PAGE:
A Chinese state-owned energy corporation has offered to construct a second nuclear plant for the UK as Prime Minister Boris Johnson's faces a backlash over China's investment in critical infrastructure.
China General Nuclear Power Group’s (CGN) submitted an application on Wednesday to build the planned new 3.2 GW Sizewell C nuclear plant in Suffolk, England, Sky News reported.
The proposal was also submitted with the company's counterpart EDF Energy, which is owned by the French state and will have an 80 percent stake in the project as opposed to CGN's 20 percent.
Julia Pyke, director of the Sizewell C reactor suggested that CGN's involvement has not yet been determined, despite the project's official Twitter page retaining the company logo.
"CGN is a financial partner for EDF in Hinkley, for Sizewell that's a decision that's going to be made in the future as to whether or not CGN wants to join in the construction phase of Sizewell", she said.
CGN and EDF also teamed up to build Britain’s Hinkley Point C nuclear reactor, work on which started in 2016.
EDF claims that the new reactor will be able to provide "always-on" low-carbon electricity capable of powering six million homes and will create 25,000 jobs and 1,000 apprenticeships throughout the course of construction.
900 skilled jobs during its operating lifetime will also be created and will add resilience to UK domestic production by reducing the need for imports, EDF has said.
— Sizewell C (@sizewellc) April 7, 2020
Despite both firms being state-run, Boris Johnson has received criticism from members of his own Conservative Party for allowing further Chinese involvement in UK infrastructure.
“We simply cannot go further down the road of becoming more dependant on China,” said former Tory Party leader Iain Duncan Smith.
“Right now we need to lessen our already excessive dependence on China".
While speaking to the Sydney Morning Herald, he called for a "review" from the "free world" of dealings with China as the COVID-19 Pandemic comes to an end.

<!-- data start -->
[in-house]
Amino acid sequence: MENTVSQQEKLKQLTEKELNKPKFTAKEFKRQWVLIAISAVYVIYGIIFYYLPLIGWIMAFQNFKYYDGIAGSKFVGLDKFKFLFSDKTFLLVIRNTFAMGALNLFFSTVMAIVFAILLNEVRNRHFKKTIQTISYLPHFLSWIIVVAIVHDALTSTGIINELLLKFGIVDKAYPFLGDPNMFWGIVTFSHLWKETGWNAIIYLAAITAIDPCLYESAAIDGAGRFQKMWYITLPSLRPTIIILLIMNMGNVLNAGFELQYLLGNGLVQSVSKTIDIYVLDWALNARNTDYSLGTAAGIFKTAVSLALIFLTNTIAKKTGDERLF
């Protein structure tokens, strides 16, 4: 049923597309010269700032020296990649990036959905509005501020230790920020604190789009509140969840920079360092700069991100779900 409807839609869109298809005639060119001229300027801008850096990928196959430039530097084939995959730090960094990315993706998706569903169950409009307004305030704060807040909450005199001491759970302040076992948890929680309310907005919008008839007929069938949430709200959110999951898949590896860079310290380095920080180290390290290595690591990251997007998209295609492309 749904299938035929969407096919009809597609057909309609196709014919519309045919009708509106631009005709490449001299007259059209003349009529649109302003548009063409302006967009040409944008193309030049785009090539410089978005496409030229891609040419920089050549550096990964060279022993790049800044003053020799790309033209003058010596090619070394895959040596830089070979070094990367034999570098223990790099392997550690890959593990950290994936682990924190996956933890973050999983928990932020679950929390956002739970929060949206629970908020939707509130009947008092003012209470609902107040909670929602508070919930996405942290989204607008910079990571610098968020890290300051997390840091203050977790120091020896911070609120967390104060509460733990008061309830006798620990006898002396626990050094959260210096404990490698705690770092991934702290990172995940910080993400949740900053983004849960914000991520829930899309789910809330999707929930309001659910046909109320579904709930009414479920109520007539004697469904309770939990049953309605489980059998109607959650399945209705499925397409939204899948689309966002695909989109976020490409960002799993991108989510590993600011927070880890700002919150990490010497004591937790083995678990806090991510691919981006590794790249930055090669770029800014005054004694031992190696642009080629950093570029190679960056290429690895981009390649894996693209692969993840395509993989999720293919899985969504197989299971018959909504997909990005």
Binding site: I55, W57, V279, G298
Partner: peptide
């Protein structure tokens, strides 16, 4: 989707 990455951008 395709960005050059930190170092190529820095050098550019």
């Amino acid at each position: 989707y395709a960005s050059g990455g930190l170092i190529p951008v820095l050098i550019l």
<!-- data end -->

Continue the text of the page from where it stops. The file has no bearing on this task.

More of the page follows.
“The Sizewell project would be the perfect place to start", he added.
This follows the Prime Minister approving Chinese tech giant Huawei's involvement in Britain’s new 5G network infrastructure, which has seen a backlash from Conservative backbenchers voicing concerns over national security regarding Huawei's' alleged connections to China's ruling Communist Party.
China has rejected accusations that Huawei's involvement in 5G compromises the safety of the country or citizens' personal data and would be willing to sign a "no-spying" agreement with the UK.
A Front for the New Cold War
President Trump was reportedly "apoplectic" with Boris Johnson following the Huawei deal and later indicated in the proposed US-UK post-Brexit trading agreement that it would seek to veto Britain's ability to sign trade deals with "non-market economies", of which China is one.
The United States has been attempting to enlist in the UK in its trade war against China by pushing the government to move further away from allowing Chinese firms access to national infrastructure.
This is part of a bid to end what the Trump Administration describes as China's "cheating" on the global economy while the Chinese government claims that US foreign policy objectives are driven more by a need to stifle global competition than by genuine national security concerns.